If Nvidia shaved $50 off here or even matched the RX 7600, I’d be a lot rosier about its cost. At its advertised price point, however, I’d recommend waiting for a price drop before picking one up. Trust me, you won’t need to wait long if previous releases are any indication.
If I were buying a current-generation graphics card today for under $300, I’d pick the RTX 4060. This is speaking as someone that prefers to prioritize ray tracing and other graphical niceties at the cost of higher performance, and I understand I’m something of a minority (for now).
Nvidia still has the edge when it comes to ray tracing, and DLSS Frame Generation helps maintain that lead and close the gap against AMD in rasterized games (if they support it). In general, it’s a decent all-around performer, but it’s by no means a monumental leap compared to its predecessor.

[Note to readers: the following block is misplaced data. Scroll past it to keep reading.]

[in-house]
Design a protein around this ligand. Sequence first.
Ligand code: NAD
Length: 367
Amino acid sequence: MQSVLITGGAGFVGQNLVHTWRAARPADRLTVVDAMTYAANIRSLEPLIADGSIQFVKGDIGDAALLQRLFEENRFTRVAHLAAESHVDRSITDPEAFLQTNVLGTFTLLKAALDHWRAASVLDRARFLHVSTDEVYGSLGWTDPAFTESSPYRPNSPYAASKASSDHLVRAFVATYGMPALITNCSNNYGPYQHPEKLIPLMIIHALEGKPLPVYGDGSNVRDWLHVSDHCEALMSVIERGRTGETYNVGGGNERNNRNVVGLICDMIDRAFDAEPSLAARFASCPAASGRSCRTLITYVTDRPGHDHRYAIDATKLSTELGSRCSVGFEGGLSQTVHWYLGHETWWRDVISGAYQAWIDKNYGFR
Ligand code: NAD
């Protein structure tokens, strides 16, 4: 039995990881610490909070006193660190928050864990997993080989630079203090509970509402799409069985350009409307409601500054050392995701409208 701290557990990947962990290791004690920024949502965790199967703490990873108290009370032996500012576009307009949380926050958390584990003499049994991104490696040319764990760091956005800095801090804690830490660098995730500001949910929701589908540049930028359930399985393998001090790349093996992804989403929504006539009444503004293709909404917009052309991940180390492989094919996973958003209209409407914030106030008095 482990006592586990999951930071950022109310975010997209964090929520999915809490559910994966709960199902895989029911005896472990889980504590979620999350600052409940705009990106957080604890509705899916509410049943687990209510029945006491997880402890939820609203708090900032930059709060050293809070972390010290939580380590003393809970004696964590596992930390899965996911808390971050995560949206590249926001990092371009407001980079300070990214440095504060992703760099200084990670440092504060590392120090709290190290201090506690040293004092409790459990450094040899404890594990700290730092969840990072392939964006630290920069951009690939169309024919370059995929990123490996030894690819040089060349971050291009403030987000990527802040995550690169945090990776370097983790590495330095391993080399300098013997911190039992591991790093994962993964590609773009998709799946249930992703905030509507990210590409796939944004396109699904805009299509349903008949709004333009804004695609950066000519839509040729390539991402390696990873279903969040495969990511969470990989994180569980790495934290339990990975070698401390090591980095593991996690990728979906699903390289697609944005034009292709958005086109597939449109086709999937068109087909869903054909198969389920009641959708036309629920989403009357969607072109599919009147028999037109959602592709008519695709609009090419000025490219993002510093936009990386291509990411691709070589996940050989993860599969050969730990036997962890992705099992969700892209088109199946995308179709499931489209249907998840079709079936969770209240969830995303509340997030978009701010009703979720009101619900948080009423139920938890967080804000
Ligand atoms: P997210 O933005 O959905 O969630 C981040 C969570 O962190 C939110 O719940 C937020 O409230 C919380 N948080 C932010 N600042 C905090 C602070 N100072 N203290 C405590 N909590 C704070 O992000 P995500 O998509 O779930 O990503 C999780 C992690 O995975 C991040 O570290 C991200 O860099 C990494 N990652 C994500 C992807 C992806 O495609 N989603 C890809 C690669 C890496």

The RTX 4060’s 8GB of VRAM is more forgivable here than it was on the RTX 4060 Ti, but not by much. I truly hope this is the last generation of graphics cards with a stack that starts with 8GB of VRAM, GeForce, or otherwise. It’s already insufficient for some of today’s PC games and will continue to struggle in the years to come if trends continue as they are.
- Best ray tracing performance for under $300
- Affordable DLSS Frame Generation support
- Solid all-around 1080p frame rates
- Can’t keep up with AMD rasterization performance
- Memory bandwidth issues can cause stuttering
- Some downgrades versus RTX 3060
If the Nvidia GeForce RTX 4060 doesn’t suit your needs, there are other pixel pushers out there that might be perfect for you.
AMD Radeon RX 7600
If you prioritize performance above all, ray tracing be damned, then consider opting for team red’s budget-oriented GPU. Check out our full AMD Radeon RX 7600 review to learn more.
Nvidia GeForce RTX 4060 Ti
If you’ve got some extra cash to spend and fancy a boost to performance, then you’re in luck. Peruse our Nvidia RTX 4060 Ti review for an in-depth look at its performance.
If you’re after a broader look at the GPU space, check out our guide to the best graphics cards you can buy today.
The Nvidia GeForce RTX 4060 is the most affordable DLSS Frame Generation compatible GPU yet with good ray tracing performance, but it has almost as many shortfalls as it does strengths, its 8GB of VRAM being the most unforgivable.